Sunday, April 28, 2013

Time for MBIA To Get Resourceful (Again)

On Friday, April 26, The Wall Street Journal reported that MBIA hired Weil, Gothsal & Manges in order to seek to prevent the New York Department of Financial Services (NYDFS) from placing the securitization guaranty subsidiary, MBIA Insurance, into a rehabilitation proceeding.  See MBIA Hires Law Firm.

Of course, no law firm can prevent the NYDFS from exercising its discretion to commence a rehabilitation proceeding, notwithstanding Hollywood portrayals of "fix-it lawyers" such as Michael Clayton.  So what might explain this hire of a firm that has experience in transactional matters and reorganizations, including according to Weil's website, representing Syncora in its restructuring.

Typically, if one is not considering litigation, one hires a law firm to plan and execute a transaction.  In this case, one wonders whether MBIA might be planning for a rehabilitation of MBIA Insurance, but on its terms.

Suppose MBIA convinced NYDFS to approve the repayment (or set up a NYDFS-approved mechanism that devotes all future cash flow of MBIA Insurance, first, to the repayment) of National's $1.7 billion secured loan by MBIA Insurance, as a condition to commencing a voluntary proceeding of MBIA Insurance's rehabilitation.  After all, this was National's money, used to commute cds wraps in favor of Morgan Stanley, National's secured loan transaction was specifically approved by NYDFS, NYDFS has an interest in seeing National get repaid (especially after defending the transformation litigation for four years), and the loan's ranking among MBIA Insurance's claims would rank highest, given its secured status.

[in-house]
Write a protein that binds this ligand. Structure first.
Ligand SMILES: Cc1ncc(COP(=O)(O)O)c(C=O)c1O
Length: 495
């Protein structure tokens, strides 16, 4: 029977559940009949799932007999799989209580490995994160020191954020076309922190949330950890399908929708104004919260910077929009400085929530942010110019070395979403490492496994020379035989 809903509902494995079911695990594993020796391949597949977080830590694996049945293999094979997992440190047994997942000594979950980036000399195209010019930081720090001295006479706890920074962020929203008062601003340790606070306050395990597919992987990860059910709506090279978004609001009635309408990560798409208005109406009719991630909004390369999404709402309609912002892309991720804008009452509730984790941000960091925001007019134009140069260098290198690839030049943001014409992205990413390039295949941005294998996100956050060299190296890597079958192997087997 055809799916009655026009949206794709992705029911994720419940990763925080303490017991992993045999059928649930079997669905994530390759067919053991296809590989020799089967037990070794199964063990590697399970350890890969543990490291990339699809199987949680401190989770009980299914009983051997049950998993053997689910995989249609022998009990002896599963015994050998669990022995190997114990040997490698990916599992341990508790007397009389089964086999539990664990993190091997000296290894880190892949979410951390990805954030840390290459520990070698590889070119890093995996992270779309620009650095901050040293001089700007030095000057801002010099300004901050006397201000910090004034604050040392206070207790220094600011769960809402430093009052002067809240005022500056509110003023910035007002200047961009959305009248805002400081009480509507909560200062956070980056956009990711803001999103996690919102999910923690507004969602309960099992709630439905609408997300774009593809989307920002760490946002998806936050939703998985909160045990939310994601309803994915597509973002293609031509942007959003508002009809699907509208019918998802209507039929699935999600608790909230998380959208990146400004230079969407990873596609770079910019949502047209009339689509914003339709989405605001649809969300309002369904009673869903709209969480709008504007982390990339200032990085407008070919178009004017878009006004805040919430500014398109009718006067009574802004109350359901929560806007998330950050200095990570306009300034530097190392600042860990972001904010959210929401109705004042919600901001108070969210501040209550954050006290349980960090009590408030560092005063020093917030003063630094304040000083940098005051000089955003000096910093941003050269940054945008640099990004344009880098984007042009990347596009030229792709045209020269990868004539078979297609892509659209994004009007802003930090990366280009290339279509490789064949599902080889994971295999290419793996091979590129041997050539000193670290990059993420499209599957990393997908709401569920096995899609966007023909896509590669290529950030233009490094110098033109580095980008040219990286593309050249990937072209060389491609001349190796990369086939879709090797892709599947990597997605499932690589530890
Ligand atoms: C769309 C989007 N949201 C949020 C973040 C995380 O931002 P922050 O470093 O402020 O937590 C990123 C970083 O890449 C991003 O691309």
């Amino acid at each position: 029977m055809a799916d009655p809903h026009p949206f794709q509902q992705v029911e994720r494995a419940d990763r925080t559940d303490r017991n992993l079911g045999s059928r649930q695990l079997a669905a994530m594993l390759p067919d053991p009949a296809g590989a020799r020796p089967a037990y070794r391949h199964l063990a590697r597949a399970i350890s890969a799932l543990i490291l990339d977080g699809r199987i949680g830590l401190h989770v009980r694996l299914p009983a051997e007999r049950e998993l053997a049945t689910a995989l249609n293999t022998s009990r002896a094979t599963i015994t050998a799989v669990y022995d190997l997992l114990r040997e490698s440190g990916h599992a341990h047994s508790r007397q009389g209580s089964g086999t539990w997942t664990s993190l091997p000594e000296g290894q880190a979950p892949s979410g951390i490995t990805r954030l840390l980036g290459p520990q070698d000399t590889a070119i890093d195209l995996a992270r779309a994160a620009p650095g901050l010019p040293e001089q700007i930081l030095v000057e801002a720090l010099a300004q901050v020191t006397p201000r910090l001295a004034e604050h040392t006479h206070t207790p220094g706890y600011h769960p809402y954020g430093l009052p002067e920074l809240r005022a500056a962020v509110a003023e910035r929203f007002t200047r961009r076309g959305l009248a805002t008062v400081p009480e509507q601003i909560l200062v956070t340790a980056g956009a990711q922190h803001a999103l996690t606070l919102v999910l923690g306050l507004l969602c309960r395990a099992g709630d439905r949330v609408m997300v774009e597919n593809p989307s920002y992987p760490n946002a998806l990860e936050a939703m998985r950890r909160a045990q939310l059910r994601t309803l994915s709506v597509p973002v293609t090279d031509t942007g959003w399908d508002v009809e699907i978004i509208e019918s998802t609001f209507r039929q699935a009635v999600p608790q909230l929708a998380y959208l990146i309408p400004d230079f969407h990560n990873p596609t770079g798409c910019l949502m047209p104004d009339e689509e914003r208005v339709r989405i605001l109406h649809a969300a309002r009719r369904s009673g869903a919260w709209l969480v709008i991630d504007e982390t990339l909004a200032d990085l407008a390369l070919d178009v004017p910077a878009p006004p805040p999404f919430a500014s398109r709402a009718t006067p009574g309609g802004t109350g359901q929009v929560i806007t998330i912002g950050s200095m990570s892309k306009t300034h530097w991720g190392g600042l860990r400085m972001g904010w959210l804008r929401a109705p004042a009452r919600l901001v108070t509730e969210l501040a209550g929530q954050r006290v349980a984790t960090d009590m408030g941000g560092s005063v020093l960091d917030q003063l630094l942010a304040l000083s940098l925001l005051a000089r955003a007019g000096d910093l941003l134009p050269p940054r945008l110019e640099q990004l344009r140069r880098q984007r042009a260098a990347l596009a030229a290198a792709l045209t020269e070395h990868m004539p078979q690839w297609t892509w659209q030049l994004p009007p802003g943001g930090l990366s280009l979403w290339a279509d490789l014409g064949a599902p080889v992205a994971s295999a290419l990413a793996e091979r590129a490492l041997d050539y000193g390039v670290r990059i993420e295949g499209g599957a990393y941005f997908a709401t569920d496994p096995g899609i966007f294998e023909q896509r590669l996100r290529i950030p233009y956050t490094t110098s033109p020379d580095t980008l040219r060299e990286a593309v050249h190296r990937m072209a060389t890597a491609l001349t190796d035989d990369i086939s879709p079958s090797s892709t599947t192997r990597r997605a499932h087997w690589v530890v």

Why would NYDFS agree to this?  Perhaps, MBIA offered to throw something into the pot, such as transferring any residual interest it may have in MBIA Insurance to the NYDFS, for eventual payment into the New York Insurance Fund. Or something similar that works for both MBIA and NYDFS.

The bankruptcy jocks among you might respond that this is a preferential transfer to an affiliate, subject to recoupment under federal bankruptcy laws.  You would be right, except New York State insurance law applies to the rehabilitation, not federal bankruptcy law.

So, one could see a 3am phone call to Bank of America (BAC) where MBIA says that BAC has until 9am to commence settlement negotiations based upon a supplied term sheet, or else MBIA will commence a rehabilitation of MBIA Insurance after National has been repaid its secured loan, and under the circumstance where MBIA's fraud and representation and warranty breach lawsuit against BAC will be continued to the bitter end, because the NYDFS is the real party in interest now, and it is in it to win it.

Given that BAC has already been caught sleeping at the due diligence switch, see Thoughts About MBIA/BAC Post-Consent Solicitation, perhaps MBIA's law firm hire indicates that MBIA is about to get resourceful, again.

NB:  this blog is not intended to be investment advice, and should not be relied upon by anyone to constitute investment advice.  Investing is a tough game, and everyone must do and own their own work, because you will certainly own your investments.

Disclosure: long MBI.  Follow me on twitter.

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